Earthquakes, Tsunamis, and Superstorms?!?

Superstorm Sandy has wreaked havoc on the East Coast and the images I've seen are devastating. For me, Sandy is yet another natural disaster hitting one of the places I have called "home."


When I was 9, a category 4 hurricane hit the island I lived on at the time. The house we were in was strong and we were very lucky to escape the total devastation that spread across the rest of the island. We also had plenty of water and food to take us through the weeks without power. My parents and their friends drove around the day after the storm and took video. My "mother" and I returned to the US soon after until conditions got better there. 


Then last year, on March 11th, I experienced the Kanto-Tohoku earthquake that generated a tsunami big enough to wipe out entire towns, change coastlines, and cripple a nuclear plant. My parents called me every day trying to convince me to leave, but my husband and I could not fathom leaving our home in a time of crisis. We stayed and donated money, did fundraising, and when fall came, we donated our warm winter clothes and electric blankets to the temporary residences. 


And here in Oahu, I have experienced both an earthquake that resulted in over 12 hours without electricity on most of the island, and just last Saturday, a tsunami warning that was serious enough to shut down most of Waikiki and send people in my neighborhood to higher ground.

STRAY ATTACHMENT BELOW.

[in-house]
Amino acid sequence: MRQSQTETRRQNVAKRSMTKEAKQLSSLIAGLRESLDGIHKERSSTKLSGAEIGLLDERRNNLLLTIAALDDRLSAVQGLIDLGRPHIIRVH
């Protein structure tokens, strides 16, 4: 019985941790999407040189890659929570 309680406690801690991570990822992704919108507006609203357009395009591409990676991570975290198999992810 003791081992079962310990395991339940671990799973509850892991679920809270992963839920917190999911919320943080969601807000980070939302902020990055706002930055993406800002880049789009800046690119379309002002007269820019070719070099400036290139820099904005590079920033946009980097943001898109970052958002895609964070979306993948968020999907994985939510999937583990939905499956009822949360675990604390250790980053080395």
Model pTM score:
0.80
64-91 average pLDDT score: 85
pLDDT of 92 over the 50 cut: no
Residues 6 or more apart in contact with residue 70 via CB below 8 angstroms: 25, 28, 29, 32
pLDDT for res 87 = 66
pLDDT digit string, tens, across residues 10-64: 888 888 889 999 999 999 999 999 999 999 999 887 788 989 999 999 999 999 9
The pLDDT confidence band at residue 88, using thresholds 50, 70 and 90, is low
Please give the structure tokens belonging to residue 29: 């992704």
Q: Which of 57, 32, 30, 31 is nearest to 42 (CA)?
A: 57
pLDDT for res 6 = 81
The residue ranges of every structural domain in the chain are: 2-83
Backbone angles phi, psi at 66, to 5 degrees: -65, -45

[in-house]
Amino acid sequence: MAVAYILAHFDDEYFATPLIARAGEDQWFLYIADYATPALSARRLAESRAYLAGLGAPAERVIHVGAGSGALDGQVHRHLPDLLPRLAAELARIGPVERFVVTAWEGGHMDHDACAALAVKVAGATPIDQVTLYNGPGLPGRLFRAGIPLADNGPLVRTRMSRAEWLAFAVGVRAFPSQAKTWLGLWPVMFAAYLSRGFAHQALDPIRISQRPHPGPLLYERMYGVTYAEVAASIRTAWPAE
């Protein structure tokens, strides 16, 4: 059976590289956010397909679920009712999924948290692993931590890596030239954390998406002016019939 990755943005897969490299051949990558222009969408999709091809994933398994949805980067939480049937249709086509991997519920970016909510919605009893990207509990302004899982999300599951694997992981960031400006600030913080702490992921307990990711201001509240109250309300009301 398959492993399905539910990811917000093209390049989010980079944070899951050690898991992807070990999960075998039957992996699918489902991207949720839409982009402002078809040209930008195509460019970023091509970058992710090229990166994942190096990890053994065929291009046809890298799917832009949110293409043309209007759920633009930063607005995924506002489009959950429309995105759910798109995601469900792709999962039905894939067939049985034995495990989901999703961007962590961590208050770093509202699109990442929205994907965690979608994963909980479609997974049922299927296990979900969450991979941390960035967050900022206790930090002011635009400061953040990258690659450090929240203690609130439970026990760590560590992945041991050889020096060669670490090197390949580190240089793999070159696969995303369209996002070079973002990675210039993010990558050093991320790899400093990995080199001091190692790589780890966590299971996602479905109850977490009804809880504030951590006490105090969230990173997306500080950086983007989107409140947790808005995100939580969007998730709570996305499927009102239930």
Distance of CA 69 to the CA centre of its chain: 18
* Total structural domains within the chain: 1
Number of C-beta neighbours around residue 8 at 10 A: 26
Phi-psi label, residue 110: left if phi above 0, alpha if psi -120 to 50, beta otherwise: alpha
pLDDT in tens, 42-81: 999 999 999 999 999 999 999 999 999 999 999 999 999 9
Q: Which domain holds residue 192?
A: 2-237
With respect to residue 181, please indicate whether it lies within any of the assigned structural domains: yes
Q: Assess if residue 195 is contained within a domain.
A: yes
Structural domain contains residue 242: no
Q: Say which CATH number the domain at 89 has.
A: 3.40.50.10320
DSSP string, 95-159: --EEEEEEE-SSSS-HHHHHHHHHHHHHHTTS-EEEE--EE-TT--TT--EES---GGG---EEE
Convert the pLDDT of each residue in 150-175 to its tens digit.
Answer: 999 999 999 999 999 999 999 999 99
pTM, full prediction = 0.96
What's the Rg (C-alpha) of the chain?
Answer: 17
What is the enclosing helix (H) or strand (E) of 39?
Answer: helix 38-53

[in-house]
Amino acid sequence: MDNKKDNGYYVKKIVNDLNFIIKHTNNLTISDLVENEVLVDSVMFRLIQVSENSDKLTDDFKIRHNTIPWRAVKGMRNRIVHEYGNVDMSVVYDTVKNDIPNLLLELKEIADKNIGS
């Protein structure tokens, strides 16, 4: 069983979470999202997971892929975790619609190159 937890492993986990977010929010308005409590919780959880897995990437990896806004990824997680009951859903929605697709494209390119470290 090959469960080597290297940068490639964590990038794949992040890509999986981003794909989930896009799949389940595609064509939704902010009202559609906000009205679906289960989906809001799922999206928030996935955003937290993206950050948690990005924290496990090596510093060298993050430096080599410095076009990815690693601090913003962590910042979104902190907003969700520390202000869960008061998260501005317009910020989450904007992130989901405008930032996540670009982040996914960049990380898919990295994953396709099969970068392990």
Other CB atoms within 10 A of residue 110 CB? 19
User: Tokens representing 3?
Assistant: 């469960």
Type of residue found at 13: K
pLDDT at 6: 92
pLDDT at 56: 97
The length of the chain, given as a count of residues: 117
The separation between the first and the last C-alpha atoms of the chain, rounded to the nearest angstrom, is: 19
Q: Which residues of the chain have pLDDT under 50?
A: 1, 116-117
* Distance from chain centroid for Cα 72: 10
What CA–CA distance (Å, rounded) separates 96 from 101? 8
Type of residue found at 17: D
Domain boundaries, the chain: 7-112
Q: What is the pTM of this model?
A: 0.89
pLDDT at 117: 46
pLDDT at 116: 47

In all these situations, one thing I have learned is not to think that it "won't happen to me," and to always have enough supplies for an emergency. 


In America it's not as much of an issue because many people buy in bulk to save money, and canned goods are a normal thing to have in one's pantry. (However, sometimes people forget to periodically check their cabinets and use things before the expiration date and replace them, so a bit of maintenance is required for this) People usually have some kind of grill for their summer barbecues that come in handy during a power outage too. 


In Japan, space is limited so many people do not store extra toilet paper, canned/dried food, bottled water, etc. in their house, which led to the panic buying situation in spring of 2011. With Tokyo residents already experiencing one crisis in the past year, and scientists constantly saying how Tokyo is overdue for their big earthquake, it is more important than ever to be prepared.


In your house, you should have at least 2-3 days worth of basic supplies, such as canned/dried food and water, toilet paper and wet wipes, and other essentials such as some extra blankets, a portable gas stove or a grill, and a battery/manual powered flashlight and radio. 
It's also good to prepare an emergency bag in case you have to evacuate. In one bag, you should put (for 1 person)
2 liters of water
a bag of biscuits, a bag of hard candy, and some canned or instant food
2 packs of wet wipes
1 blanket
1 battery/manual powered flashlight and radio
1 pocket knife
 1 or 2 changes of clothes
a small amount of cash and photocopies of ID and other important documents.